State of Rio Grande do Sul: On October 21 1997, Companhia Estadual de Energia Elétrica sold two of its three distribution networks for R3.145 billion (US$2.85 billion). The premiums over the minimum asking prices were 82.62% for the Centre-West distributor and 93.55% for the North-Northeast distributor.
The Centre-West distributor was acquired by the North-American group AES Corporation. The North-Northeast distributor was acquired by the consortium formed by VBC Energy (composed of the Brazilian groups Votorantim, Bradesco and Camargo Corrêa), Previ (a Brazilian pension fund) and Community Energy Alternative of the US, each with a participation of 33.3%.
State of São Paulo: On November 5 1997, Companhia Paulista de Força e Luz (CPFL), a distribution network, was sold for R3.015 billion, a premium of 70.15% over the minimum asking price.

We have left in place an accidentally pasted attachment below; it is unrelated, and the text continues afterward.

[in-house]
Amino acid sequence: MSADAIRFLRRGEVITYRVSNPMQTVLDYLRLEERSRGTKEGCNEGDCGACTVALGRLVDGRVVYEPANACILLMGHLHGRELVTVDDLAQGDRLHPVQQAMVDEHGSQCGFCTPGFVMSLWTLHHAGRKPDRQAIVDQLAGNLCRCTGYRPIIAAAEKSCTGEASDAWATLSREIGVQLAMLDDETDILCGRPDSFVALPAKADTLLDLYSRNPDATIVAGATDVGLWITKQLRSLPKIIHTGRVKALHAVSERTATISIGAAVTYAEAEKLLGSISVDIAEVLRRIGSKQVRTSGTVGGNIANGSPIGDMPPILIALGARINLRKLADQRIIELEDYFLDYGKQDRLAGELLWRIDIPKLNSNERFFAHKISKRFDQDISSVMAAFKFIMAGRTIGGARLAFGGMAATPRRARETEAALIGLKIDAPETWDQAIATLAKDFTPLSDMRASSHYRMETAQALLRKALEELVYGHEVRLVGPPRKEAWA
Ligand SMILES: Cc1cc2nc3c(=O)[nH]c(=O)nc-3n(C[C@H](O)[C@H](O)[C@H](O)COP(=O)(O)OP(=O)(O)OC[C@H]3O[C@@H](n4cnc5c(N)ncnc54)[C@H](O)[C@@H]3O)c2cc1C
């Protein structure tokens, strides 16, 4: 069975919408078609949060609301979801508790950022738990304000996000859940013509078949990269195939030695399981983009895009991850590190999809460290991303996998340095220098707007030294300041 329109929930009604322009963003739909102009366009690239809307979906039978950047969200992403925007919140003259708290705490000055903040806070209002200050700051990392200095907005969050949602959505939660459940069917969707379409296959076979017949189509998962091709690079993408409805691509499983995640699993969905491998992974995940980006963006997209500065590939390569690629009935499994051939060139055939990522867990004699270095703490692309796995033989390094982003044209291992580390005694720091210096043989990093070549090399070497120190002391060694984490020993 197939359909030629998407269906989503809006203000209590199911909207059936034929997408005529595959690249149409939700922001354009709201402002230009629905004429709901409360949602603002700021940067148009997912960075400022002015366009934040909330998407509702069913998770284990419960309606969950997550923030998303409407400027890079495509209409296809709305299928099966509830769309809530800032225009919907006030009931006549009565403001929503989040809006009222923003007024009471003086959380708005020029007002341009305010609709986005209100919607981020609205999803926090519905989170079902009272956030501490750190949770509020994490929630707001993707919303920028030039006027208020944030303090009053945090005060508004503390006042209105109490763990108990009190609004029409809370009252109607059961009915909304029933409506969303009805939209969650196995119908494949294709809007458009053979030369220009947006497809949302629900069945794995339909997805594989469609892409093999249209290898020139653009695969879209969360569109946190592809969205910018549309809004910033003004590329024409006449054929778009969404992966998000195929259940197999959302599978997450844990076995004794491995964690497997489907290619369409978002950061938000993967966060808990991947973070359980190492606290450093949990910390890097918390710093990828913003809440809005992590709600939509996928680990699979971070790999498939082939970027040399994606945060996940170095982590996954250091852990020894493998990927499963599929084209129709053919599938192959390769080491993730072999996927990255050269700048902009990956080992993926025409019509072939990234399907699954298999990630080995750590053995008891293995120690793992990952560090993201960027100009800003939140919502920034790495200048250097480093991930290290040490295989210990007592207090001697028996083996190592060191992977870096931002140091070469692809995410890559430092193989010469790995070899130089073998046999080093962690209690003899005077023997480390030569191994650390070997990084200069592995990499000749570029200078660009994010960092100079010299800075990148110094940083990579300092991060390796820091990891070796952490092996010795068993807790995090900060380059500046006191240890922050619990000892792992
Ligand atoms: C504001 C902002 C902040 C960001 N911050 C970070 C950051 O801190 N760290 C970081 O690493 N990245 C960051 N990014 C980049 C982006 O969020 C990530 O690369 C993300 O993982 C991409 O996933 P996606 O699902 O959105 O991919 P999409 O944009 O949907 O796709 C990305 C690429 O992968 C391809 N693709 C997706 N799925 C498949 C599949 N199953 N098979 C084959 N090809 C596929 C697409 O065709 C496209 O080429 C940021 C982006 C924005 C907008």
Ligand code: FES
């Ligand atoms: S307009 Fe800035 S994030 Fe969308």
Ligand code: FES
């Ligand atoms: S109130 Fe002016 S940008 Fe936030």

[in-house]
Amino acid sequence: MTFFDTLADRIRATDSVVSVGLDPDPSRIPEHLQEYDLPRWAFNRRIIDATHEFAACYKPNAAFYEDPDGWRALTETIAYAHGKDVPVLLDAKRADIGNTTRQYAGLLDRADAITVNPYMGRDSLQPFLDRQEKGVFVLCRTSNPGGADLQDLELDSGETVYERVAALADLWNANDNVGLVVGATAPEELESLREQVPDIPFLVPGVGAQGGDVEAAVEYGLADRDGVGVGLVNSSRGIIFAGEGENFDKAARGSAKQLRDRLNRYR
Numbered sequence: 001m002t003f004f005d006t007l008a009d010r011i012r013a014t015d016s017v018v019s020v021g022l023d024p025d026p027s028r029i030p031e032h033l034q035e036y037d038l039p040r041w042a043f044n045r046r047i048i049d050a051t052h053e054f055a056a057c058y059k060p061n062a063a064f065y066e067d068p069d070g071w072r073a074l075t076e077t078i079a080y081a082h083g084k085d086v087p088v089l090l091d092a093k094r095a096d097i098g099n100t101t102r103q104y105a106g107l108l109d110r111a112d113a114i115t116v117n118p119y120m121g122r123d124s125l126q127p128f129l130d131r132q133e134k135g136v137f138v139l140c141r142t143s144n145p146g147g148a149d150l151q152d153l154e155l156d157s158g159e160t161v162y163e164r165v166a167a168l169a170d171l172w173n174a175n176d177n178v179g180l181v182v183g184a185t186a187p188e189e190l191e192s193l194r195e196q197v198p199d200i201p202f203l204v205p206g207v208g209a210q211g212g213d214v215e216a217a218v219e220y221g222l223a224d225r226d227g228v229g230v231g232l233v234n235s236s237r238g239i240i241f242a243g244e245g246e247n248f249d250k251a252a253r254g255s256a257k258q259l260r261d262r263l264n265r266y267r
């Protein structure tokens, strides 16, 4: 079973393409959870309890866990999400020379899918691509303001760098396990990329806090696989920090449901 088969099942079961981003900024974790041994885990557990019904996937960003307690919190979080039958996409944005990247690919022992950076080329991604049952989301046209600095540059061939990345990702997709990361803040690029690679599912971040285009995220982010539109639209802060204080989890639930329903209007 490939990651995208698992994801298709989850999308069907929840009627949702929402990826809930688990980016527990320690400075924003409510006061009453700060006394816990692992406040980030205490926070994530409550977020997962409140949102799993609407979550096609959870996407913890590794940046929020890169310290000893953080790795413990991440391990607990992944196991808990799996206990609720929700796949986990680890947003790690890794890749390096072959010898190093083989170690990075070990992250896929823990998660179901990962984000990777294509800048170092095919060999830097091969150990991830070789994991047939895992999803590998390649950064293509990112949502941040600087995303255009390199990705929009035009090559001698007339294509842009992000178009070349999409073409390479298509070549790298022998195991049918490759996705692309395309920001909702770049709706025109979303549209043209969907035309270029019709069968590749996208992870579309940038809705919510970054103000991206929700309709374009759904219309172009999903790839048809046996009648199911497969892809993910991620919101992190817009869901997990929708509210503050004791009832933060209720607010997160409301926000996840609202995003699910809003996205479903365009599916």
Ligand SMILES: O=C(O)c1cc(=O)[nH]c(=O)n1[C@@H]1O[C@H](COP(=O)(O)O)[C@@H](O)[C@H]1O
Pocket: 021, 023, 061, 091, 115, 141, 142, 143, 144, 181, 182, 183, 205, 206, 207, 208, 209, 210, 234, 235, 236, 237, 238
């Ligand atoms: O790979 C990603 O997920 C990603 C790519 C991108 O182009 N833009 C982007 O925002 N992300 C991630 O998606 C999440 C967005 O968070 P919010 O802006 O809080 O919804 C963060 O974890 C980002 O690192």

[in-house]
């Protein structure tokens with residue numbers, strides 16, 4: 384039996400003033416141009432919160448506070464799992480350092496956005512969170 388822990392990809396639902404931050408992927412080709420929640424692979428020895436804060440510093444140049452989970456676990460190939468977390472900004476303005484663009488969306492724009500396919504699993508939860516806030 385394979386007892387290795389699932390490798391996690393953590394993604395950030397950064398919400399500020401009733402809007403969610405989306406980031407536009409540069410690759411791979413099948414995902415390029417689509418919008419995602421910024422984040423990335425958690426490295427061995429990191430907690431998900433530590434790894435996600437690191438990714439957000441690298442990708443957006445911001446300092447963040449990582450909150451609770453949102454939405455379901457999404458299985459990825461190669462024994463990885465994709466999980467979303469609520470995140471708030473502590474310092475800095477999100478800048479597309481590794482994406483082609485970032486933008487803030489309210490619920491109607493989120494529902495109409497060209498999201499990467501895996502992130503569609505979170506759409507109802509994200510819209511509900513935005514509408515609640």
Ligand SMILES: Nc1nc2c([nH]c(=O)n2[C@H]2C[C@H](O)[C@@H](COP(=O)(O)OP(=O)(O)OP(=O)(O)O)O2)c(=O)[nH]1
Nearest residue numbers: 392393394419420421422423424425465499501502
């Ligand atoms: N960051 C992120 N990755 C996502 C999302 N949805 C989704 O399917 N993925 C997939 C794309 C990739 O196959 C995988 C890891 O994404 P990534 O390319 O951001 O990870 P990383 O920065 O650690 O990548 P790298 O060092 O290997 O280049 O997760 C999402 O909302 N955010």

The winning group had to guarantee, at the same premium, the sale of a 10% participation to employees. Thus, the total price on November 27 1997 was increased to R3.536 billion. This is the highest price so far obtained in the history of Brazilian privatizations.
CPFL has been acquired by a consortium formed by VBC Energy (42%), Previ (38%) and a pool of seven pension funds lead by Fundação Cesp (20%).
The sale of CPFL launches the privatization of the energy sector of the state of São Paulo, which itself is larger than the whole of the Argentinian energy network. Other energy companies to be privatized in São Paulo in 1998 include Electropaulo, Comgás and Cesp (Companhia Energética de São Paulo), which used to be the controlling shareholder of CPFL.
Also, the sale of CPFL was the first test of the privatization programme after the recent turmoil affecting world financial markets. The premium (70.15%) surprised not only the government, but also market analysts.
On November 11 1997, to restore confidence in the Brazilian economy and neutralize the pressures exerted by the recent turbulence in financial markets, the federal government announced a financial package containing tough tax increases and budget cuts.
Eliana Maria Filipozzi